2. The Unabridged Journals of Sylvia Plath (Anchor Books, 200), ed. Karen V. Kukil, p. 400.
3. Eye Rhymes: Sylvia Plath’s Art of the Visual (Oxford University Press, 2007), ed. Kathleen Connors and Sally Bayley, p. 111-112.

The girl who died

April 9, 2017

You are twenty. You are not dead, although you were dead. The girl who died. And was resurrected. Children. Witches. Magic. Symbols. Remember the illogic of the fantasy.

Sylvia Plath
The Unabridged Journals of Sylvia Plath


November 30, 2016


Rain on roof outside window, gray light, deep covers and warm blankets. Rain and nip of autumn in air; nostalgia, itch to work better and bigger. That crisp edge of autumn.

Sylvia Plath
The Unabridged Journals, 26 August 1956 in Paris


Diary 12th November

Oh, hey, hell, if you see me talking to myself, don’t be concerned. It’s just me getting expert advice…

I’m hoping this morning my breakfast gin kicks in before reality does. However, the one MAJOR problem I see around me nowadays is everyone listens, yeah, but not to UNDERSTAND. No, just to determine when it’s time to REPLY. Communication has become a competition between individuals. Understanding has no place in human interaction anymore. Or so it seems. Having said that, a lot of people can’t tell the truth to the face they see in the mirror each morning, let alone anyone else!


The nights are so much colder now. If you want to see just how forceful your woman can be, try pulling the blankets off her and over to your side of the bed…!!!

Yeah, hurts doesn’t it!


I love it when she comes to me in the early hours of morning, wakes me with whisper-kisses on the ear and her skin feels as if it’s permanently stained by the night. The taste of her spreads from my mouth to my body like liquid fire…


In July 1951, Sylvia Plath wrote in her journals:
“Lying on my stomach on the flat warm rock, I let my arm hang over the side, and my hand caressed the rounded contours of the sun-hot stone, and felt the smooth undulations of it. Such a heat the rock had, such a rugged and comfortable warmth, that I felt it could be a human body. Burning through the material of my bathing suit, the great heat radiated through my body…”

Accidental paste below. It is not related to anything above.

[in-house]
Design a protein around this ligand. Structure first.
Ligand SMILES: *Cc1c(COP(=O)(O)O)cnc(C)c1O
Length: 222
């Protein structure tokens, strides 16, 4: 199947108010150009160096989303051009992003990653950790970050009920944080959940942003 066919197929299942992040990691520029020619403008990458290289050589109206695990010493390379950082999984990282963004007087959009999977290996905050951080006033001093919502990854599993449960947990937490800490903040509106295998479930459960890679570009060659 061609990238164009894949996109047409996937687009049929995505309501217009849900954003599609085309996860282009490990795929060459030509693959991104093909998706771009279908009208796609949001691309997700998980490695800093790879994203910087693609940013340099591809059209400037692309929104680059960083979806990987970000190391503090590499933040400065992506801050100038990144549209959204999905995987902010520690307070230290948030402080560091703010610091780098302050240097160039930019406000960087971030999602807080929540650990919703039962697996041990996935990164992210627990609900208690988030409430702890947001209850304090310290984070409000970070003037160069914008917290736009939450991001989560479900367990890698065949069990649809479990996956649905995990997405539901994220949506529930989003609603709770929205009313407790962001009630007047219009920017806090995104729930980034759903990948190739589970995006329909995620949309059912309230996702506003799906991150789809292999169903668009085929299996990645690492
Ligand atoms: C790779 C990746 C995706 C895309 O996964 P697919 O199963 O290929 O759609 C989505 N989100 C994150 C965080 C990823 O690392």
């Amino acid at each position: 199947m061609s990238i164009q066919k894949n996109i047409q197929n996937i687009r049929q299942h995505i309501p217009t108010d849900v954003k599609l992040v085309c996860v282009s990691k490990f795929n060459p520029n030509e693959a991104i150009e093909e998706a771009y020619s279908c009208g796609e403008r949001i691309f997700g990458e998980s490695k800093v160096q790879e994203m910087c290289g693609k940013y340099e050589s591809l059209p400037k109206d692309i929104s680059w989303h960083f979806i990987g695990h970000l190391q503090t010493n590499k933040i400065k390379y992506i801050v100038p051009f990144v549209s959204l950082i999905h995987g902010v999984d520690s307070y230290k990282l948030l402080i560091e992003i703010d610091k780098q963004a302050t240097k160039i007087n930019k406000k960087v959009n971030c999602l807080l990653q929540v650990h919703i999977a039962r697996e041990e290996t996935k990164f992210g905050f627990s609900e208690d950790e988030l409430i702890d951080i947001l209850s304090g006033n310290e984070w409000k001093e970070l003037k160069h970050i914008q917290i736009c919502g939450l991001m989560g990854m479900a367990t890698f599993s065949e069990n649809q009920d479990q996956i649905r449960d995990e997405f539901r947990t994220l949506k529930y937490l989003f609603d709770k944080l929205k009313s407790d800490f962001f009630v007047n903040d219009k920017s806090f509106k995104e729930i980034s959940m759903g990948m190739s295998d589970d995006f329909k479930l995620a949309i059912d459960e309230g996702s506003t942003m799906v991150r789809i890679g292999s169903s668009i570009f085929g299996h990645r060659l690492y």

She also wrote:

“I drink sherry and wine by myself because I like it and I get the sensuous feeling of indulgence…luxury, bliss, erotic-tinged.”

Drinking alone is so sad but many of us do it. In the final months of her short life, Plath used the colour red twenty-two times in the poetry she was writing. She mentions red in excess of one hundred times in her Journal, obviously a colour she was fixated on – the colour of blood and of fire and of the sun seen through closed eyelids.

Blood brings to mind Wilfred Owen’s lines:

If you could hear, at every jolt, the blood
Come gargling from the froth-corrupted lungs

Plath’s voice in Wintering haunts me, too:

The bees are all women,
Maids and the long royal lady.
They have got rid of the men,
The blunt, clumsy stumblers, the boors.
Winter is for women –
The woman, still at her knitting,
At the cradle of Spanish walnut,
Her body a bulb in the cold and too dumb to think.
Will the hive survive, will the gladiolas
Succeed in banking their fires
To enter another year?
What will they taste of, the Christmas roses?
The bees are flying. They taste the spring.

A poem of survival. Although not guaranteed, there is here a suggestion of reawakening, a hint of spring returning. A far cry from some of Plath’s earlier, ferocious and annihilating poems. Poems which no doubt reflected her long battle with mental illness, and her terrible bouts of depression and mania…


Buzzard seen yesterday in one of the trees opposite our garden, huge, golden and magnificent, shrugging its great wings at my captivated gaze…